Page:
‘Black Girls Matter’ Event Addresses the Protection of Black Women at Harvard

My Class is Across the Yard
Snow blankets Harvard Yard.

The Association of Black Harvard Women held a discussion Thursday to address sexual assault and its impact on black women in the wake of the release of “Surviving R. Kelly” and news that Harvard Law School professor Ronald S. Sullivan, Jr. will serve on Harvey Weinstein’s legal team.

More than 50 students packed into Ticknor Lounge for the event, called “Black Girls Matter,” and some were forced to find seats on the floor as the room filled with attendees. Law School student Katherine Mateo moderated the discussion, the contents of which were off the record to the press.

In an email publicizing the event, organizers wrote they believe it is “imperative” to discuss how issues of sexual assault specifically affect black women.

"In the wake of 'Surviving R. Kelly' and most recently, the report that the Winthrop House Dean—a Black man—has joined the defense of Harvey Weinstein, we think it is imperative to come together and discuss sexual assault, abuse and harassment as they impact Black women," the invitation read.


The documentary series "Surviving R. Kelly," released in early January, publicized years of abuse allegations against the R&B singer.

ABHW President Kacey E. Gill ’20 said the group wanted to give black Harvard affiliates a space to participate in an “empowering and candid discussion” about issues of sexual misconduct.

She added that one of ABHW’s goals in holding the event was to prompt a conversation about creating resources for sexual assault that are “specifically designed and executed for black women.”

“This event was intended to be a forum for discussion primarily but also a really empowering and candid discussion within the black community about sexual assault, sexual abuse, and some really significant stories that have been going on in the past few years, past few months, past few weeks,” Gill said.

After the event, several students said they are dissatisfied with Sullivan’s choice to represent Weinstein, a Hollywood film producer facing several charges of rape and sexual assault.

The day after news broke that Sullivan, a Winthrop House faculty dean, had joined Weinstein’s legal team in his Manhattan sexual abuse case, Sullivan sent an email to Winthrop residents defending his decision. His email focused on the importance of representing the “unpopular defendant.”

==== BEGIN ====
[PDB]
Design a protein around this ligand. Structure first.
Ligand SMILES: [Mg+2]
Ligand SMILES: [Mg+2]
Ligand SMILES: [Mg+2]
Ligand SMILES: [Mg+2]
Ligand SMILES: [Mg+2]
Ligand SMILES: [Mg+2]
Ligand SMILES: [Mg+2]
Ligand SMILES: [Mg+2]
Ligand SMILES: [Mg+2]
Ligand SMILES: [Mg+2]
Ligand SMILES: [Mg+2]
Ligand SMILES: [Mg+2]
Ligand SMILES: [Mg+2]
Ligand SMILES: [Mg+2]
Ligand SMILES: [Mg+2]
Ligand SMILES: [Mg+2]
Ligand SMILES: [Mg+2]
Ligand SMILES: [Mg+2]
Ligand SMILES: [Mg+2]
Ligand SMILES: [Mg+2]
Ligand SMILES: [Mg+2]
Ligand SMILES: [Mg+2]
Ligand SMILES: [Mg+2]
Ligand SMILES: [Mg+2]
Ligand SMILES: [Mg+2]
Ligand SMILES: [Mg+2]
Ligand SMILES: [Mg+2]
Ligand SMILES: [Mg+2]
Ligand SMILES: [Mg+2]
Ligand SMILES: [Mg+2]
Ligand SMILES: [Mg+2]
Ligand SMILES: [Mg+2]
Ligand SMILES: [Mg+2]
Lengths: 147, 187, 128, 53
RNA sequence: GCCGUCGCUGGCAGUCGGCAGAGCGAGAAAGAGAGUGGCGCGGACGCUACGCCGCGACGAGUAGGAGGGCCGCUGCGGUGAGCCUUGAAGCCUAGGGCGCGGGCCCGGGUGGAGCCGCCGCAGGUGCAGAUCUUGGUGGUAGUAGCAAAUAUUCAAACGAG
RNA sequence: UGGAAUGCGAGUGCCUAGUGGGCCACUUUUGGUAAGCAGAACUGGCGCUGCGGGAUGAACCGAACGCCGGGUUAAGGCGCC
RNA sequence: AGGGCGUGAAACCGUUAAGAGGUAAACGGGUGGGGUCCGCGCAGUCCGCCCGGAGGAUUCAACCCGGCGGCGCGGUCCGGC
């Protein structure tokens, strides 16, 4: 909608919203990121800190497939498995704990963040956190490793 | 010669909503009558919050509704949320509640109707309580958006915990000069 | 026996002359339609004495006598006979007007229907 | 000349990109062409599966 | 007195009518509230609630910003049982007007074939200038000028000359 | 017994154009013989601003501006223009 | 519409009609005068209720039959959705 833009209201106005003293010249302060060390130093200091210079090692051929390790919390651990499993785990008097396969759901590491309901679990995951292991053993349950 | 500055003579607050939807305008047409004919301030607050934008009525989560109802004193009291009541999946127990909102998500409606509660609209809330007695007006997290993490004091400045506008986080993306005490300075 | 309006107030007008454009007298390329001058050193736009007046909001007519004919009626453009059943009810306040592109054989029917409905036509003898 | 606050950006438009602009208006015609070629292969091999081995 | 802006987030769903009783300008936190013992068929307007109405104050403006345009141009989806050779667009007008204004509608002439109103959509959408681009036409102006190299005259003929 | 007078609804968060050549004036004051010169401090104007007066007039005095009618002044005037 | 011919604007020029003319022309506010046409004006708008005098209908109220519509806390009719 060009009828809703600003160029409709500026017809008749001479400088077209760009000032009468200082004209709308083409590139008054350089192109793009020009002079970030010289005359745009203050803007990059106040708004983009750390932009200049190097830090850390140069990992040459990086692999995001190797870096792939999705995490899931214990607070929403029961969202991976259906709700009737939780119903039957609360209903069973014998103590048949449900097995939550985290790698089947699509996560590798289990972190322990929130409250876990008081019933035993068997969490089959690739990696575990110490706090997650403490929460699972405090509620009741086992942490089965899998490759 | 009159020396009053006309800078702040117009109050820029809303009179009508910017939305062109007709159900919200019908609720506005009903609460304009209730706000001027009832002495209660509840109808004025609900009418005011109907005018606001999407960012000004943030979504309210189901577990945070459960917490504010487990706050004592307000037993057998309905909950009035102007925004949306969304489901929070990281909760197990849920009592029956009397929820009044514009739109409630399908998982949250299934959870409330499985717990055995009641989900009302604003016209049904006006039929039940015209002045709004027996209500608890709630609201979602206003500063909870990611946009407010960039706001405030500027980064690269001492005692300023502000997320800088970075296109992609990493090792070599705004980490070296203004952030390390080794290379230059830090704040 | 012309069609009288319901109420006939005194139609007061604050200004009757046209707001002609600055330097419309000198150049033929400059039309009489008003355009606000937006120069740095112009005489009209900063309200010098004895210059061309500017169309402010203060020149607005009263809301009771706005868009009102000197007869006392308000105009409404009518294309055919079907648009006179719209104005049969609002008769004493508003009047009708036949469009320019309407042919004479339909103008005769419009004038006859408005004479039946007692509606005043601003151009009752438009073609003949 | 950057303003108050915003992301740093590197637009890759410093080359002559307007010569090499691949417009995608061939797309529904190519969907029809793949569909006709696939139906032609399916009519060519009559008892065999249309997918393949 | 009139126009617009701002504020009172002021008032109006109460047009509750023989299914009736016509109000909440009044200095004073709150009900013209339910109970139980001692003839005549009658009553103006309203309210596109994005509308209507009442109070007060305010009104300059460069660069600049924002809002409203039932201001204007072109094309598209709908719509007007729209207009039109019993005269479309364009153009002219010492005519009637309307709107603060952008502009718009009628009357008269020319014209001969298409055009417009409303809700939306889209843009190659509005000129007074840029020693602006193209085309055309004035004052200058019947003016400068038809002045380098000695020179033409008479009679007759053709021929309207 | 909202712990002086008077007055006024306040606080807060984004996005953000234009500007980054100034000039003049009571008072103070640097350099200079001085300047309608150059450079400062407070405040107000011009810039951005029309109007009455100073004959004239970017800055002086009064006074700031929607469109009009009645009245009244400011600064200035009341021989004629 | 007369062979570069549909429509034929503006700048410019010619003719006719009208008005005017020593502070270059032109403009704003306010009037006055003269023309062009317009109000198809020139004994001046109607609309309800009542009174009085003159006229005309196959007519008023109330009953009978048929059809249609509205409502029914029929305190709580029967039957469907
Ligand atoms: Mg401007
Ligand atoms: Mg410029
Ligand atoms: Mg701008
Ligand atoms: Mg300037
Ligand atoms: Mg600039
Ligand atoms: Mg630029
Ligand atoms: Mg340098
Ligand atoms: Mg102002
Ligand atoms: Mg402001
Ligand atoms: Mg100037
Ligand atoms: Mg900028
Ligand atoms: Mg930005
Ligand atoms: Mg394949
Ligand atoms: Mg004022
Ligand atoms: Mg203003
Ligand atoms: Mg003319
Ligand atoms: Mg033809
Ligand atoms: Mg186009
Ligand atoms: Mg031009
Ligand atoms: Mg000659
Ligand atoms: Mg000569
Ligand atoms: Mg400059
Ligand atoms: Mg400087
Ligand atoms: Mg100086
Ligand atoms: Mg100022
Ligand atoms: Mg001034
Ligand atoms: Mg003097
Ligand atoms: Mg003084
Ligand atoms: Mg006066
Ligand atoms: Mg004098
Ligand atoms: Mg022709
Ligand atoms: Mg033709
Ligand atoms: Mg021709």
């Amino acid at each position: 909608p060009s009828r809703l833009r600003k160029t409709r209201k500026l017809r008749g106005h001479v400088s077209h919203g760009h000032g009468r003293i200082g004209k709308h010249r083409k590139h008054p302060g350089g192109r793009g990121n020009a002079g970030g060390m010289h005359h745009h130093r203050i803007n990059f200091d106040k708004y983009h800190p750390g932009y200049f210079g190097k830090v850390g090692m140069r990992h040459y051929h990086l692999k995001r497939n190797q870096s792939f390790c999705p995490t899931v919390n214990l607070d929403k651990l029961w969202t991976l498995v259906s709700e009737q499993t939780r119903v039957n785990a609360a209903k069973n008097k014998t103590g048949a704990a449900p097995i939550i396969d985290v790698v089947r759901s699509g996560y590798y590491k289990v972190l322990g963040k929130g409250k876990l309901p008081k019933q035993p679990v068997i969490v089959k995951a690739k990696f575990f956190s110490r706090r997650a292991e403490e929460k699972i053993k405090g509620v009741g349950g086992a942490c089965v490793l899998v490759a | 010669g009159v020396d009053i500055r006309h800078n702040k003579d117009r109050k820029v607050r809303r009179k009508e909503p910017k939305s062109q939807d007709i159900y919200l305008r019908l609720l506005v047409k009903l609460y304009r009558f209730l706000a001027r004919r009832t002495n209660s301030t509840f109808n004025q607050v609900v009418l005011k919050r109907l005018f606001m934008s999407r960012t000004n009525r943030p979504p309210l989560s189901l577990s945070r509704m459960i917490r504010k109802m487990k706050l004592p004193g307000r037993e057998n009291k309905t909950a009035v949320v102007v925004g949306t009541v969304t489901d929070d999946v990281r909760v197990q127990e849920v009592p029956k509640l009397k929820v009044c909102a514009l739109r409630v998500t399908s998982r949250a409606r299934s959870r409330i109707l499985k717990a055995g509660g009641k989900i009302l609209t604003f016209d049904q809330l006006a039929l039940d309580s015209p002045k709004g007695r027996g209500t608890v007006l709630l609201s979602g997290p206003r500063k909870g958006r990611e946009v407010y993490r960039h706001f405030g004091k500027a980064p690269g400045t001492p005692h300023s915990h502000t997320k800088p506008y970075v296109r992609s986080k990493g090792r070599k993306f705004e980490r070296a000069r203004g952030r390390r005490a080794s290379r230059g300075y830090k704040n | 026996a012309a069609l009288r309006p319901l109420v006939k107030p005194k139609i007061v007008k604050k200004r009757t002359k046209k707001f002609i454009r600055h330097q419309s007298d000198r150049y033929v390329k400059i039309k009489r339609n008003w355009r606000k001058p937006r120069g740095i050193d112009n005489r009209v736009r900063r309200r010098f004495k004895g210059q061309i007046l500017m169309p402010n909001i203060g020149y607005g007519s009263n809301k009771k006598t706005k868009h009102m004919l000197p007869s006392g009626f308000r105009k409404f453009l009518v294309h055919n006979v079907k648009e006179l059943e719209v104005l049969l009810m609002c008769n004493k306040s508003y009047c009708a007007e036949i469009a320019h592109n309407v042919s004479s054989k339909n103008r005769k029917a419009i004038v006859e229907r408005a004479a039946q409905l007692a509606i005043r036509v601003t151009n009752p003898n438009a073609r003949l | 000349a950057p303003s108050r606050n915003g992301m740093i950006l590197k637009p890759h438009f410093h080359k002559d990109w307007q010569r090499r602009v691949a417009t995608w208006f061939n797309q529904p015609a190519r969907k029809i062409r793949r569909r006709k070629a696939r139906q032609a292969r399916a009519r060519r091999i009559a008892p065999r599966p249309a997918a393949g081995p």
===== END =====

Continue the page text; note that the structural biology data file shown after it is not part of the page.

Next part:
Attendee Ata D. Amponsah ’19 said in an interview after the event that he was “appalled” after first hearing the news and that he believes the case may affect Sullivan’s role as a faculty dean.

“When students are sexually assaulted or have to come to you, they need to feel a level of comfort in order to come to you,” Amponsah said. “You ought to be an advocate for them to the administration given your position. He shouldn’t have taken on that case.”

Sullivan did not immediately respond to a request for comment Thursday night.

The discussion also touched on stereotypes black women at Harvard face and how they can shape their experiences on campus, according to attendee Samantha C. W. O’Sullivan ’22.

“Someone made a comment about how black girls’ sexuality specifically can often really contribute to their reputation on campus, and it can often sort of color their experience really negatively,” O’Sullivan said. “I’ve definitely seen and experienced being a black woman on campus, feeling invalidated and having to question all the aspects of life I participate in.”

Gill said after the event that she believes Harvard does not provide enough resources specifically for black women and that the University faces issues in diversity among its faculty and deans.

“I feel like black women contribute a ton to this community in all different spheres. It’s like, we literally pour out our hearts and our minds and our souls and invest in this campus and this university and we get very little of that back,” Gill said. “I want more representation and I want Harvard to take more active steps to support survivors because that matters.”

Harvard spokesperson Rachael Dane did not immediately respond to a request for comment Thursday night.

—Staff writer Jenna X. Bao can be reached at Follow her on Twitter @JennaBao.


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